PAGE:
How To Catch Permit ? – Permit Fishing Rig – Offshore Permit
Catching a permit in the Keys is one of the most wonderful experiences for any fishing enthusiast. The permit is one of the most sought after sport fish throughout the Keys. They are in the jack family, but are nothing like your typical jacks you’d go after. Permit have great eyesight, awesome sense of smell, they can hear you, and they will scurry off if they sense that anything is wrong.
Permit are usually caught up on the flats by sight casting, but this time of year they can be caught on wrecks and reefs when they are spawning.
Catching a permit on the flats is one of the most rewarding things you can do in the Key West fishery. You only get a couple shots while sight casting to them. In April though, the permit are mostly out in the deeper waters spawning. Almost every mature permit at one point this month will shoot out to the reefs to spawn before coming back inshore.
They have been seen in schools of the thousands. You can see the permit sticking their backs out of the water on the surface, as well as mark them on the sonar to depths of 150-feet. I would say that this is the best opportunity to catch a permit. Throwing live crabs, shrimp, or buck tail jigs seems to be the ticket to hooking one. All of these baits are things you would use on the flats for permit. Even though the permit are in huge numbers spawning, they can still be a little spooky. I try not to start my engine directly over the school, and I will use my trolling motor where needed.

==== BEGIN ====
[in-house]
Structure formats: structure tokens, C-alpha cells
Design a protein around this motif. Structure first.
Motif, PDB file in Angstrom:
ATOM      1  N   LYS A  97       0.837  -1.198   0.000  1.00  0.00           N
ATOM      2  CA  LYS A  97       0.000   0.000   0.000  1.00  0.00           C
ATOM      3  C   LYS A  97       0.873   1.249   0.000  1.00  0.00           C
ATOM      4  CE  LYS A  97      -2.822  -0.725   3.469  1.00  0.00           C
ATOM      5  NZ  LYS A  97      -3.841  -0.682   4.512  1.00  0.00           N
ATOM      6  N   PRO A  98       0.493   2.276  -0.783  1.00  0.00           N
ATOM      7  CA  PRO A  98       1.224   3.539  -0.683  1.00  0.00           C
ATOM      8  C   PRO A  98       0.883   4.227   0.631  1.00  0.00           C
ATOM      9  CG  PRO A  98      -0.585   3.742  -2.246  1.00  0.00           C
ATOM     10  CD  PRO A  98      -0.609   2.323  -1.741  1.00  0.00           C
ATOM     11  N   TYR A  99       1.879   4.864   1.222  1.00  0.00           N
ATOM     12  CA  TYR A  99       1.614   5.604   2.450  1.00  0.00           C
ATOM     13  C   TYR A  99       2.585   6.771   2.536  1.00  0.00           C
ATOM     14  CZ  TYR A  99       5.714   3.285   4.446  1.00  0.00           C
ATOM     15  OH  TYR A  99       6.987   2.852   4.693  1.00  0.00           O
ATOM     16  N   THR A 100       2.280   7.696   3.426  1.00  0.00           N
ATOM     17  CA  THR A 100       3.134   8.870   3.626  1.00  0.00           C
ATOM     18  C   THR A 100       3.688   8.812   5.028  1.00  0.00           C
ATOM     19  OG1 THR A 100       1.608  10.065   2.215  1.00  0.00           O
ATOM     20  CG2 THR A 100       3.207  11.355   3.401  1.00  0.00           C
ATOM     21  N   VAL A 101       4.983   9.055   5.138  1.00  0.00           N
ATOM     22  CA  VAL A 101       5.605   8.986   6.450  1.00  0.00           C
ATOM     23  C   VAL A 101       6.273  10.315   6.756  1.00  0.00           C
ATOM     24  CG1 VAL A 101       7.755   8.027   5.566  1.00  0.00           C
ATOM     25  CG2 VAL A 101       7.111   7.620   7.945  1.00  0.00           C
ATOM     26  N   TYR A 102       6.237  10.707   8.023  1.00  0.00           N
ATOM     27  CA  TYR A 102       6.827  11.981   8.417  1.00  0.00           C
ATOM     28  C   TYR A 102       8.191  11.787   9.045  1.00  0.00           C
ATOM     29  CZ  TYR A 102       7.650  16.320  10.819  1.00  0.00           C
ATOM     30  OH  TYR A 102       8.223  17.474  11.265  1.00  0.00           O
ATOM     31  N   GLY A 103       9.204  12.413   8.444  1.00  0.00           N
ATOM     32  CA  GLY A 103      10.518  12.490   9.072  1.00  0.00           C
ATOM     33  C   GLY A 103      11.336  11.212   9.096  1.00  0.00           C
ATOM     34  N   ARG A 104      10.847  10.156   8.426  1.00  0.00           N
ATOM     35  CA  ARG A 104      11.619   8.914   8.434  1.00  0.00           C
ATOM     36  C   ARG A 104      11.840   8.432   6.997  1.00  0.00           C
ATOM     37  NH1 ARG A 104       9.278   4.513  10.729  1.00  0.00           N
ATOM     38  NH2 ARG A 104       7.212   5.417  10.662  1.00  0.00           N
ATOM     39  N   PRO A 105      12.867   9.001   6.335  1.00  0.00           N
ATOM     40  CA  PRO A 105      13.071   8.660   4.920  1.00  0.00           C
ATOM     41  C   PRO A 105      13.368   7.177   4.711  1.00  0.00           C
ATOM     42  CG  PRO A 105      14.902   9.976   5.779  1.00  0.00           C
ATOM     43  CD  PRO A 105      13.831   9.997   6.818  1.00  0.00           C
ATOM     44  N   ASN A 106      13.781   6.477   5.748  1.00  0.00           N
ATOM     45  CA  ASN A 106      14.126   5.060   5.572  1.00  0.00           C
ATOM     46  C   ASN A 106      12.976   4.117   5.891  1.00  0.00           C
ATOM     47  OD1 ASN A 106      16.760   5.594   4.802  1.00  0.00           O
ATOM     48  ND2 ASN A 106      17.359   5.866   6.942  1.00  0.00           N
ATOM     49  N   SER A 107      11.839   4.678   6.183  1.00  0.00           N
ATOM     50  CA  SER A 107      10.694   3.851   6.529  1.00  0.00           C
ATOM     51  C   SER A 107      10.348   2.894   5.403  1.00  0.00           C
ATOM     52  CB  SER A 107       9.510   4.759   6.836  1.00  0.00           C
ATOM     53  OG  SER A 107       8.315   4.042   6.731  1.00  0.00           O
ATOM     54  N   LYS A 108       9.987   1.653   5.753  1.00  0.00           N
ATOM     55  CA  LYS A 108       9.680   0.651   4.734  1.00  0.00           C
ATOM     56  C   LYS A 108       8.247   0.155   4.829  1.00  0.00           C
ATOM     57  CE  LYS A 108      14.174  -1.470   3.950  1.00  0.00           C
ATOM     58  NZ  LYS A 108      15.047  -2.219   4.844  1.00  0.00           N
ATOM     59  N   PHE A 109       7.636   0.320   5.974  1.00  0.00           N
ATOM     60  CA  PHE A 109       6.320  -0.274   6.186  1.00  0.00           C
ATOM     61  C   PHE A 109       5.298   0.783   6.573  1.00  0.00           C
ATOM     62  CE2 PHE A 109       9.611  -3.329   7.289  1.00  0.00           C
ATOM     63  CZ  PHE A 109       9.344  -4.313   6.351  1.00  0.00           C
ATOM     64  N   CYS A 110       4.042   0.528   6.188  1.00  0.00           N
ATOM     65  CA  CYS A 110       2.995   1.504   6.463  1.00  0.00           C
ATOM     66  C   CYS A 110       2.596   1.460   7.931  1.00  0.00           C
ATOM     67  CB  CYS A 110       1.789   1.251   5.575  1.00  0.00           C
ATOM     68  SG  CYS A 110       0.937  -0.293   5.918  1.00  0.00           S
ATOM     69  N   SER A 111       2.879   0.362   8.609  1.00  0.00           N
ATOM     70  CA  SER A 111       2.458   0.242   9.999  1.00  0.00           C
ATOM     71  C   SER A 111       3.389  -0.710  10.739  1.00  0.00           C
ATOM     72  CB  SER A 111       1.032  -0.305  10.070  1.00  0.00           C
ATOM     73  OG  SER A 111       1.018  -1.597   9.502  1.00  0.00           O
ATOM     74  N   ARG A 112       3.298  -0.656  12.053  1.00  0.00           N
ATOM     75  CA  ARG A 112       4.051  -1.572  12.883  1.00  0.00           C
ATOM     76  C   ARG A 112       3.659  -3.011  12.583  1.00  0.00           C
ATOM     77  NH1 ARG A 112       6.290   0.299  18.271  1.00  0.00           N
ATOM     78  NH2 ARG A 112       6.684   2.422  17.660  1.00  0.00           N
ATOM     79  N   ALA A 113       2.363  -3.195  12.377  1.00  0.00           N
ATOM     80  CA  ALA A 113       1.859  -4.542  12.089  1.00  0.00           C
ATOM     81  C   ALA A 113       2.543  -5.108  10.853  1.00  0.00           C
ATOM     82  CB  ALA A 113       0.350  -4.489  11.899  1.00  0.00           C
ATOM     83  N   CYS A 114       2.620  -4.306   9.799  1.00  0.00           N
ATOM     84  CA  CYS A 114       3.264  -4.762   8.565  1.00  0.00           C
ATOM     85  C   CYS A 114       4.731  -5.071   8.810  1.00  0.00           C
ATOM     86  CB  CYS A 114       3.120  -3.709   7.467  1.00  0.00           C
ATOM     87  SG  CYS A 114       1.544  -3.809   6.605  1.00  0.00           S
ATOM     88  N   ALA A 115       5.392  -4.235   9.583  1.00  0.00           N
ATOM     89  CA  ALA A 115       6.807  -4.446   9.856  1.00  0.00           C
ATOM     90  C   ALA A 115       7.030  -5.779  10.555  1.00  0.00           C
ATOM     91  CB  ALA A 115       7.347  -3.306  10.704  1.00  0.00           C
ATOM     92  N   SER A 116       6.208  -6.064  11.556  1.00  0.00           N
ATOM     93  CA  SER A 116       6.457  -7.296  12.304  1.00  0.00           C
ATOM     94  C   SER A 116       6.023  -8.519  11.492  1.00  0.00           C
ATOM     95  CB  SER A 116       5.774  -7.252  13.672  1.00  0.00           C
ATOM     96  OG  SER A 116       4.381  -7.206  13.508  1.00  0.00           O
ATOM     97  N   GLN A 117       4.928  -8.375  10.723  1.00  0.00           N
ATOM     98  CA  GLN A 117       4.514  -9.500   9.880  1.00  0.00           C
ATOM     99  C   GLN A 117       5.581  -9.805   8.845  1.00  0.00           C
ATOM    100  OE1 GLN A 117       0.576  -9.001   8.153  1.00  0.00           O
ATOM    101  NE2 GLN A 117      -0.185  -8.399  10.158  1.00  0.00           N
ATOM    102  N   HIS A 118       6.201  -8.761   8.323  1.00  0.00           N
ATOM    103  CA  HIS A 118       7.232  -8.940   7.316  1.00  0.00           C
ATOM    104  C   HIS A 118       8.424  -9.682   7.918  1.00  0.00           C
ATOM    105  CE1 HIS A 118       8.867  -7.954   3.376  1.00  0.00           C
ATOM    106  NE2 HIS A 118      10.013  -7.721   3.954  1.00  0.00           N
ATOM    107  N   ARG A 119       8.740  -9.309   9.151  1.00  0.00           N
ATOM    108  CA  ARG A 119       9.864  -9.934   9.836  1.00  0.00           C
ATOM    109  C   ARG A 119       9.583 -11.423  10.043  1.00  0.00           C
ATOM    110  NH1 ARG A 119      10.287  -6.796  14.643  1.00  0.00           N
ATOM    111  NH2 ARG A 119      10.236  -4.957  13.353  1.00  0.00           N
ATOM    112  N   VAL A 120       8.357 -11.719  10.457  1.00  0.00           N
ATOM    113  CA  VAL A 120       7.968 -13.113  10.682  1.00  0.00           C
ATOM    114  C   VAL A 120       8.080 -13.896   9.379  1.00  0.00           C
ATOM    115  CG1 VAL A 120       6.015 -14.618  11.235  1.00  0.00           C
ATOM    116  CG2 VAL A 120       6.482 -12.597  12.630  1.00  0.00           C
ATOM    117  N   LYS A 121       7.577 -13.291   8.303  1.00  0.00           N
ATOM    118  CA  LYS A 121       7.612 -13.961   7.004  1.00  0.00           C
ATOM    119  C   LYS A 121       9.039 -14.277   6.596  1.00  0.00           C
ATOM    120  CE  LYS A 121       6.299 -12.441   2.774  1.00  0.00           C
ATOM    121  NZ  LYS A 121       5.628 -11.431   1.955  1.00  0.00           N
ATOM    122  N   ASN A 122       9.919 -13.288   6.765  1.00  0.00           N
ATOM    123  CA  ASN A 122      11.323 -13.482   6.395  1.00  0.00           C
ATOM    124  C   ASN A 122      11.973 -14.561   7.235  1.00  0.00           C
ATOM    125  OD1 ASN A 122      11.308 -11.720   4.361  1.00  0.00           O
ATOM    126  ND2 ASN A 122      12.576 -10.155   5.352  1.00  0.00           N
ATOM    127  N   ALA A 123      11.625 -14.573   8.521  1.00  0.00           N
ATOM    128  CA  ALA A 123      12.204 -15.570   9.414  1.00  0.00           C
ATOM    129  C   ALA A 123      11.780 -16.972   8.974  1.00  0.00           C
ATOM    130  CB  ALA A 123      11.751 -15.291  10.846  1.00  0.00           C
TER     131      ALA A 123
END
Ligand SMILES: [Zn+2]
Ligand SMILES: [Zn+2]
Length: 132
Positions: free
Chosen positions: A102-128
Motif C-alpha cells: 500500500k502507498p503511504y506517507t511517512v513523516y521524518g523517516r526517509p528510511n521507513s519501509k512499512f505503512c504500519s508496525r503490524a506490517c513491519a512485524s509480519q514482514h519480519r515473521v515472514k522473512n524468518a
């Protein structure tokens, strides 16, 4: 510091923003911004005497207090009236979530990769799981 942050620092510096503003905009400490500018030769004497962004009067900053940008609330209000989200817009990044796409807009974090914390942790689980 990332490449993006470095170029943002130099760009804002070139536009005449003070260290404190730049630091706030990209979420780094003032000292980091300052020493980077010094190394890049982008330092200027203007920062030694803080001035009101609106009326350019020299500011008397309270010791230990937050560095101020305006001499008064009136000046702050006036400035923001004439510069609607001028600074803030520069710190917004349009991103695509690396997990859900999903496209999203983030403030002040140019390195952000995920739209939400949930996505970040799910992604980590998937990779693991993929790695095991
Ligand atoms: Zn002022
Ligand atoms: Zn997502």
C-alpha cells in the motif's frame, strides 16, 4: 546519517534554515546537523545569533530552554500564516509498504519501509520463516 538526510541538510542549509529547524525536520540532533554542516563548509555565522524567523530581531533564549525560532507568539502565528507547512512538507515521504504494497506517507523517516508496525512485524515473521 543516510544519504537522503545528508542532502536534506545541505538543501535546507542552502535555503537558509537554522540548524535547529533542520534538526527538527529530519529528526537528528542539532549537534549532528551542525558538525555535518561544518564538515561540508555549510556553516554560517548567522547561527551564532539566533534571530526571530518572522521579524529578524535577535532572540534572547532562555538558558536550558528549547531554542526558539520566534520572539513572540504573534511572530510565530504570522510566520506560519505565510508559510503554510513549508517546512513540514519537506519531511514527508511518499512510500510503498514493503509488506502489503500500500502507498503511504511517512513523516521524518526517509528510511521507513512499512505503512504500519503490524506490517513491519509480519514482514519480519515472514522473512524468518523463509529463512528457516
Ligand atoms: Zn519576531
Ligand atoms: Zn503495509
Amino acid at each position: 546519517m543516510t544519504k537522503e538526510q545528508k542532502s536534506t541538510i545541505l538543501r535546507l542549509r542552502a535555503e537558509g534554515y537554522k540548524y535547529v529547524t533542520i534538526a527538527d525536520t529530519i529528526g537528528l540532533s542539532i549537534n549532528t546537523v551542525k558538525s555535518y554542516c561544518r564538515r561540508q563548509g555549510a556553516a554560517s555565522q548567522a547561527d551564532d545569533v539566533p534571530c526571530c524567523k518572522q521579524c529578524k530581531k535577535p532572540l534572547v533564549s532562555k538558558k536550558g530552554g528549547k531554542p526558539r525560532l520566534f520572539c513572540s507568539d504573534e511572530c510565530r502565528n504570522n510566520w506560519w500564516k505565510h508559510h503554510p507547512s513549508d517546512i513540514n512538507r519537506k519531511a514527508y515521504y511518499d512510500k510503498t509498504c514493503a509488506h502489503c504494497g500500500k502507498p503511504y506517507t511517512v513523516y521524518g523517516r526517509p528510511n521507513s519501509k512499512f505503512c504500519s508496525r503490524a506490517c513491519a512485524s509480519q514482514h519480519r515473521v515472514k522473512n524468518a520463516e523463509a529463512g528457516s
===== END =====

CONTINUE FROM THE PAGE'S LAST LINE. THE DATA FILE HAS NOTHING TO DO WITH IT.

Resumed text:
When casting to permit in the deeper waters, I will use slightly heavier tackle than what I would use up on the flats. I use a 7’6′ 12-25-pound rod with a 5000 to 6000-class reel. As far as hooks and leader I am using 2/0 or 3/0 offset J-hooks with 20-30-pound fluorocarbon leaders. I use a little bigger tackle in these depths because the fish typically shoot straight down when you hook them, trying to break you off on whatever structure they are hanging out above. Hammerhead sharks are migrating through the reef this time of year. You want to be able to turn your fish and get him in at a decent time just in case the “tax man” is hanging around! Another reason to use a little bit heavier tackle is in case you hook a permit well over 25-pounds. They can do some damage to your smaller 3000 to 4000-class spinning reel. It’s just better to up the tackle a little, while still keeping it light enough to have a great time.
When casting to permit on the spawn, I have my anglers put their baits right on the heads of the fish.
Usually we are throwing crabs, and they will sink down a little bit into the rest of the school. If you spook one or two fish it’s not a big deal. There are so many permit spawning that they won’t even notice. I sometimes put a size-2 split shot on the leader as well so I can get the baits down to them if they are near the bottom.
Letting them eat the bait is crucial, as many of them will make short bites and miss the hook.
There are also so many other fish down there that your line may get caught up in another passing by permit. It’s better to just let the fish eat and then add pressure versus setting the hook.
Whether you’re targeting permit on their spawn or chasing them down on the flats, they will be sure to give you one of the best fights pound for pound.
Permit continue to be one of my favorite sport fish because of their strength, stamina, and intelligence.